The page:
The most urgent prospects for the left are more strike- and protest- related: there are regular strikes and protests, potential for collective pressure to get the government to back down on several issues and mentions of the millions-in-the-street student-and-worker strikes of May 1968. It's also the 1st of May soon.


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PostPosted: Thu Apr 19, 2018 7:01 am 
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I see a lot of proposals to rally the left into a united front, so I made a table to get a clearer picture of the scene: https://drive.google.com/open?id=17UYkt ... 0aUEG3Biz4 Any mistakes so far?

Based on what I've read, these figures suggest to me a relative increase in the right due to apathy on the left. Would you say that's fair? Any specific numbers you would recommend paying attention to?

What do you think of La France Insoumise's proposal for a Sixth Republic?

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PostPosted: Thu Apr 19, 2018 8:44 am 
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French politicians have called for a sixth republic every election since the 1980s. It's never happened, largely because a) it's not clear what's wrong with the fifth, and b) it's even less clear what could be tried in a sixth.

So Melenchon, last I heard, didn't actually have a plan, just a desire to call a constitutional convention and hope that they came up with something better. [or, of course, they could come up with something worse and the country would collapse into chaos]. Also, the new constitution, whatever it is, will eliminate corruption... and will also presumably enable pigs to fly.

In particular, most calls for a sixth republic are essentially calls for a return to the fourth republic: strengthen parliament, weaken the president, proportional representation, etc.

This runs into two problems:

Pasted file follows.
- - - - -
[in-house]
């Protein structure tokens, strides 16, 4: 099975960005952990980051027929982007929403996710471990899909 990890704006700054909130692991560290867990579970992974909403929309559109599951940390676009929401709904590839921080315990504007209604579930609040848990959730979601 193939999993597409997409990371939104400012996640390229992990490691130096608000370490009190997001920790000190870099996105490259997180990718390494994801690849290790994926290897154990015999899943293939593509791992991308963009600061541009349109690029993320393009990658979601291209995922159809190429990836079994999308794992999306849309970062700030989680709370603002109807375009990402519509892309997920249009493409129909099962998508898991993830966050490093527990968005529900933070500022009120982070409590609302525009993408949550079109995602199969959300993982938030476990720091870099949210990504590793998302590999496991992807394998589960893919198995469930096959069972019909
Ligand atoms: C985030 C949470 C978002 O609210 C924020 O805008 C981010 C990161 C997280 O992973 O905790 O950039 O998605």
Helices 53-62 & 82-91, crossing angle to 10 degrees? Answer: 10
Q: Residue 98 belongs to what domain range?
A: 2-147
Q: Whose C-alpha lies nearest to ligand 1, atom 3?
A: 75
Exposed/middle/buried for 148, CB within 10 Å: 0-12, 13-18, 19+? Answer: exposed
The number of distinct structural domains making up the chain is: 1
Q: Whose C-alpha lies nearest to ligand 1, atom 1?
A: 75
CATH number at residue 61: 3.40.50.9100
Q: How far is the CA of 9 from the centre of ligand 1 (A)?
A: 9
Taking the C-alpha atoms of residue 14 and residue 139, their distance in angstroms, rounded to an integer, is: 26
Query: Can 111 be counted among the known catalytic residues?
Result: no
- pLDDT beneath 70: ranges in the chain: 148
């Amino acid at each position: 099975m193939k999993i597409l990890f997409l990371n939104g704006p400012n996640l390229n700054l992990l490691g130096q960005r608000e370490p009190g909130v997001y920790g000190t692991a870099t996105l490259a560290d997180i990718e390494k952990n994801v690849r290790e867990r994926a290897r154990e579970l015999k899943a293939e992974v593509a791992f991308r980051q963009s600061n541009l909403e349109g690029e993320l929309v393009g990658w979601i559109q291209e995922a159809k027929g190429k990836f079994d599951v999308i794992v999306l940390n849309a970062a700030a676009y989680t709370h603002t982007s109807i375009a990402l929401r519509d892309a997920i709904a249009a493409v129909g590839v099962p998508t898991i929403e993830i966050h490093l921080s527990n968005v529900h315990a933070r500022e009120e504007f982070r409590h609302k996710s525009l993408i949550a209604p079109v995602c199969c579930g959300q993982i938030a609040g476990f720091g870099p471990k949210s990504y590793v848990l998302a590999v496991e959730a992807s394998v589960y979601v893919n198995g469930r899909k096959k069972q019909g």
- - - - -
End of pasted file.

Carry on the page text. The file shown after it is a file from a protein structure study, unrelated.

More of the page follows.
i) the Fourth Republic was a mess, and it collapsed. The average cabinet lasted sixth months. Do the French want that sort of chaos again? Now of course, reformists will correctly point out that other countries cope with full PR and parliamentarism, and that the correct fine-tuning of the rules will lead to stability. The problem is, experience shows that while a well-tuned constitution can produce stability, the rate of rapid failure is alarmingly high - when you fiddle with the constitutional structure that fundamentally, there's always an element of risk, which makes taking that step, when the existing system fundamentally works fine as it is, very difficult when the moment actually comes.

ii) the call for a Sixth Republic is part of a wider call for sweeping reforms, and is made by charismatic reformers (or those who want to be seen that way). But the changes generally imagined - more consensual parliaments and weaker presidents - make all other reforms harder, because they systematically reduce the power of charismatic reformers and increase the power of conservative-minded bureaucrats. Invariably, anyone who actually comes to power with a shopping list of reforms, including reducing their own power, decides to prioritise the other items, and never quite gets around to reducing their own power. Mitterand, for example, came to power promising to reduce the power of the Presidency... but when he became an autocratic President himself, suddenly he found more urgent things to do...


In short, "A Sixth Republic!" is a nice soundbite that encapsulates the desire for fundamental change, without committing the politician to any specific changes in particular. Nobody really knows what they mean by it, and if they spelled it out it would be hard to get people to vote for it, which is kind of a moot point since politicians elected on the basis of reducing the power of politicians will invariably renege on their promises if elected anyway.

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PostPosted: Thu Apr 19, 2018 12:17 pm 
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@rotting:
I suppose you could say there is some apathy in the left in France because Hollande was disappointing: people voted for 'the enemy of finance' because they were fed up with the mega-rich getting richer, while poor people's wages stagnate, power concetrated in the hands of a few and bankers getting away with murder. In the end, he took on a young banker called Emmanuel Macron as finance minister. Which resulted in him being probably the least popular president ever and not even being candidate in the primary of his own succession.
--
@Sal (and rotting):
The Fifth Republic has obvious problems, and this has also been mentioned for decades: the concentration of power in the president. This has led to many people down the years, including Mélenchon, to compare the position to that of a monarch.

The composition of Fourth Republic governments might have changed often, but is change a bad thing? The Fourth Republic certainly put in place many popular measures like Social Security, though admittedly similar measures were put in place in other European countries at about the same time.

I don"t see any trend in favour of strong presidential systems being any more able to reform or less conservative.